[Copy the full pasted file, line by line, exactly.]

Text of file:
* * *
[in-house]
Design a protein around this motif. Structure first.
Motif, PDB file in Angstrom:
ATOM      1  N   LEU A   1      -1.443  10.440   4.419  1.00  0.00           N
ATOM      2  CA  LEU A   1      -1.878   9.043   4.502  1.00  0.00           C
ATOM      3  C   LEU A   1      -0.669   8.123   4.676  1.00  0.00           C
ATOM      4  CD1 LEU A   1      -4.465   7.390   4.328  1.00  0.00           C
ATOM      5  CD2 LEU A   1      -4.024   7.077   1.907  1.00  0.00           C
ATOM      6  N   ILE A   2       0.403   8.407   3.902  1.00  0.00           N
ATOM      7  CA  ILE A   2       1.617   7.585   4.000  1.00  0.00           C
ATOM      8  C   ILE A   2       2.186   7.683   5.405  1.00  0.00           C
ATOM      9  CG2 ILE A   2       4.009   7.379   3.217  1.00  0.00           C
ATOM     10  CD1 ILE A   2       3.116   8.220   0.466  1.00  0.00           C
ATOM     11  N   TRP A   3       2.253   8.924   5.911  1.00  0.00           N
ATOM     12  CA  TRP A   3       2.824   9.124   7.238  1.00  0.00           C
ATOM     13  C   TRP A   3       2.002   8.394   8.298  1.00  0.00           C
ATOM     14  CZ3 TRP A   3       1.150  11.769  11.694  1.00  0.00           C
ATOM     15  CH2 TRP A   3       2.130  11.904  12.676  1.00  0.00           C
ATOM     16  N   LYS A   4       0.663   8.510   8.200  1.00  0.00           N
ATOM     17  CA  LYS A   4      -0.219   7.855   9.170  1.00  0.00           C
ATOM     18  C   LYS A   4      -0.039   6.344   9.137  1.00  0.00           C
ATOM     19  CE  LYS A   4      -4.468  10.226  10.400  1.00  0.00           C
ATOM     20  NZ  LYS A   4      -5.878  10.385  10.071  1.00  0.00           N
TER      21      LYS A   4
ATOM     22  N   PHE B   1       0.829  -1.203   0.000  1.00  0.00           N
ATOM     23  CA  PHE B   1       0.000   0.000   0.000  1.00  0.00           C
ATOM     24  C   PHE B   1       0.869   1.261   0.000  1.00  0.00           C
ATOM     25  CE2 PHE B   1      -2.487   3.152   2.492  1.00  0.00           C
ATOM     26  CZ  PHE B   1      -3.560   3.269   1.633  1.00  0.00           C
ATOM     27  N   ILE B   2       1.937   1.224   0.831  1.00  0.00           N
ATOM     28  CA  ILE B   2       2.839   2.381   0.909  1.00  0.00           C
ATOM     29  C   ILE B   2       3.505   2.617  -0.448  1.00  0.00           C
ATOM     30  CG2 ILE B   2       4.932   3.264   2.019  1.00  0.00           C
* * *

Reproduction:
[in-house]
Design a protein around this motif. Structure first.
Motif, PDB file in Angstrom:
ATOM      1  N   LEU A   1      -1.443  10.440   4.419  1.00  0.00           N
ATOM      2  CA  LEU A   1      -1.878   9.043   4.502  1.00  0.00           C
ATOM      3  C   LEU A   1      -0.669   8.123   4.676  1.00  0.00           C
ATOM      4  CD1 LEU A   1      -4.465   7.390   4.328  1.00  0.00           C
ATOM      5  CD2 LEU A   1      -4.024   7.077   1.907  1.00  0.00           C
ATOM      6  N   ILE A   2       0.403   8.407   3.902  1.00  0.00           N
ATOM      7  CA  ILE A   2       1.617   7.585   4.000  1.00  0.00           C
ATOM      8  C   ILE A   2       2.186   7.683   5.405  1.00  0.00           C
ATOM      9  CG2 ILE A   2       4.009   7.379   3.217  1.00  0.00           C
ATOM     10  CD1 ILE A   2       3.116   8.220   0.466  1.00  0.00           C
ATOM     11  N   TRP A   3       2.253   8.924   5.911  1.00  0.00           N
ATOM     12  CA  TRP A   3       2.824   9.124   7.238  1.00  0.00           C
ATOM     13  C   TRP A   3       2.002   8.394   8.298  1.00  0.00           C
ATOM     14  CZ3 TRP A   3       1.150  11.769  11.694  1.00  0.00           C
ATOM     15  CH2 TRP A   3       2.130  11.904  12.676  1.00  0.00           C
ATOM     16  N   LYS A   4       0.663   8.510   8.200  1.00  0.00           N
ATOM     17  CA  LYS A   4      -0.219   7.855   9.170  1.00  0.00           C
ATOM     18  C   LYS A   4      -0.039   6.344   9.137  1.00  0.00           C
ATOM     19  CE  LYS A   4      -4.468  10.226  10.400  1.00  0.00           C
ATOM     20  NZ  LYS A   4      -5.878  10.385  10.071  1.00  0.00           N
TER      21      LYS A   4
ATOM     22  N   PHE B   1       0.829  -1.203   0.000  1.00  0.00           N
ATOM     23  CA  PHE B   1       0.000   0.000   0.000  1.00  0.00           C
ATOM     24  C   PHE B   1       0.869   1.261   0.000  1.00  0.00           C
ATOM     25  CE2 PHE B   1      -2.487   3.152   2.492  1.00  0.00           C
ATOM     26  CZ  PHE B   1      -3.560   3.269   1.633  1.00  0.00           C
ATOM     27  N   ILE B   2       1.937   1.224   0.831  1.00  0.00           N
ATOM     28  CA  ILE B   2       2.839   2.381   0.909  1.00  0.00           C
ATOM     29  C   ILE B   2       3.505   2.617  -0.448  1.00  0.00           C
ATOM     30  CG2 ILE B   2       4.932   3.264   2.019  1.00  0.00           C